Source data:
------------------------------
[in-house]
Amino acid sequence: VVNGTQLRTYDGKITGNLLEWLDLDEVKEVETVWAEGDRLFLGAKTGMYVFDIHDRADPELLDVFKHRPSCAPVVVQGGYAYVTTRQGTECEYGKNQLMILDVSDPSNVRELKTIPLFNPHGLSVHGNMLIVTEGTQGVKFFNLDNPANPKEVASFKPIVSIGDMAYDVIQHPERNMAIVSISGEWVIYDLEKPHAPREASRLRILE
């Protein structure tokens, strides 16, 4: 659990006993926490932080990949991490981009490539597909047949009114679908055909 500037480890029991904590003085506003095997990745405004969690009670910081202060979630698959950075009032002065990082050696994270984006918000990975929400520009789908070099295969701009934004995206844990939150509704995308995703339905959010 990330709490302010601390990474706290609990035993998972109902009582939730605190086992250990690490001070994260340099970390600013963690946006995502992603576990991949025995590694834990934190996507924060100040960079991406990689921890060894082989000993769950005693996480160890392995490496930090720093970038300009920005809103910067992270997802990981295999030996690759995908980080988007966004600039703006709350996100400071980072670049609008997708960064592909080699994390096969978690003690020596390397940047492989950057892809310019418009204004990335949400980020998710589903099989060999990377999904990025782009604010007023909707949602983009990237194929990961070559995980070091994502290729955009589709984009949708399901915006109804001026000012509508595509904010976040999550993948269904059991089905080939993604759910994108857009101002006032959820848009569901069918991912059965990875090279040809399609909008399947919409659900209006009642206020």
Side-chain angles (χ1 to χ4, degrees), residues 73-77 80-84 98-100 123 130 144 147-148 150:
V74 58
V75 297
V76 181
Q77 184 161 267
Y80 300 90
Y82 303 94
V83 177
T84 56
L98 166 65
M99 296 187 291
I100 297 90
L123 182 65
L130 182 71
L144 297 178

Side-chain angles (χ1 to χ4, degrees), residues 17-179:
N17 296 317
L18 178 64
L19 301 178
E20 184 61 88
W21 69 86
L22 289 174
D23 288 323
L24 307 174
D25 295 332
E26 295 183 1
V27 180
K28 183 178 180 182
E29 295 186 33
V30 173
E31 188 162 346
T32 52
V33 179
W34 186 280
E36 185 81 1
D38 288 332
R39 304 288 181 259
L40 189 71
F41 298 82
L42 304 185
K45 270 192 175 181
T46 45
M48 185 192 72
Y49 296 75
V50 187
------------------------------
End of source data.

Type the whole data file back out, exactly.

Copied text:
[in-house]
Amino acid sequence: VVNGTQLRTYDGKITGNLLEWLDLDEVKEVETVWAEGDRLFLGAKTGMYVFDIHDRADPELLDVFKHRPSCAPVVVQGGYAYVTTRQGTECEYGKNQLMILDVSDPSNVRELKTIPLFNPHGLSVHGNMLIVTEGTQGVKFFNLDNPANPKEVASFKPIVSIGDMAYDVIQHPERNMAIVSISGEWVIYDLEKPHAPREASRLRILE
């Protein structure tokens, strides 16, 4: 659990006993926490932080990949991490981009490539597909047949009114679908055909 500037480890029991904590003085506003095997990745405004969690009670910081202060979630698959950075009032002065990082050696994270984006918000990975929400520009789908070099295969701009934004995206844990939150509704995308995703339905959010 990330709490302010601390990474706290609990035993998972109902009582939730605190086992250990690490001070994260340099970390600013963690946006995502992603576990991949025995590694834990934190996507924060100040960079991406990689921890060894082989000993769950005693996480160890392995490496930090720093970038300009920005809103910067992270997802990981295999030996690759995908980080988007966004600039703006709350996100400071980072670049609008997708960064592909080699994390096969978690003690020596390397940047492989950057892809310019418009204004990335949400980020998710589903099989060999990377999904990025782009604010007023909707949602983009990237194929990961070559995980070091994502290729955009589709984009949708399901915006109804001026000012509508595509904010976040999550993948269904059991089905080939993604759910994108857009101002006032959820848009569901069918991912059965990875090279040809399609909008399947919409659900209006009642206020």
Side-chain angles (χ1 to χ4, degrees), residues 73-77 80-84 98-100 123 130 144 147-148 150:
V74 58
V75 297
V76 181
Q77 184 161 267
Y80 300 90
Y82 303 94
V83 177
T84 56
L98 166 65
M99 296 187 291
I100 297 90
L123 182 65
L130 182 71
L144 297 178

Side-chain angles (χ1 to χ4, degrees), residues 17-179:
N17 296 317
L18 178 64
L19 301 178
E20 184 61 88
W21 69 86
L22 289 174
D23 288 323
L24 307 174
D25 295 332
E26 295 183 1
V27 180
K28 183 178 180 182
E29 295 186 33
V30 173
E31 188 162 346
T32 52
V33 179
W34 186 280
E36 185 81 1
D38 288 332
R39 304 288 181 259
L40 189 71
F41 298 82
L42 304 185
K45 270 192 175 181
T46 45
M48 185 192 72
Y49 296 75
V50 187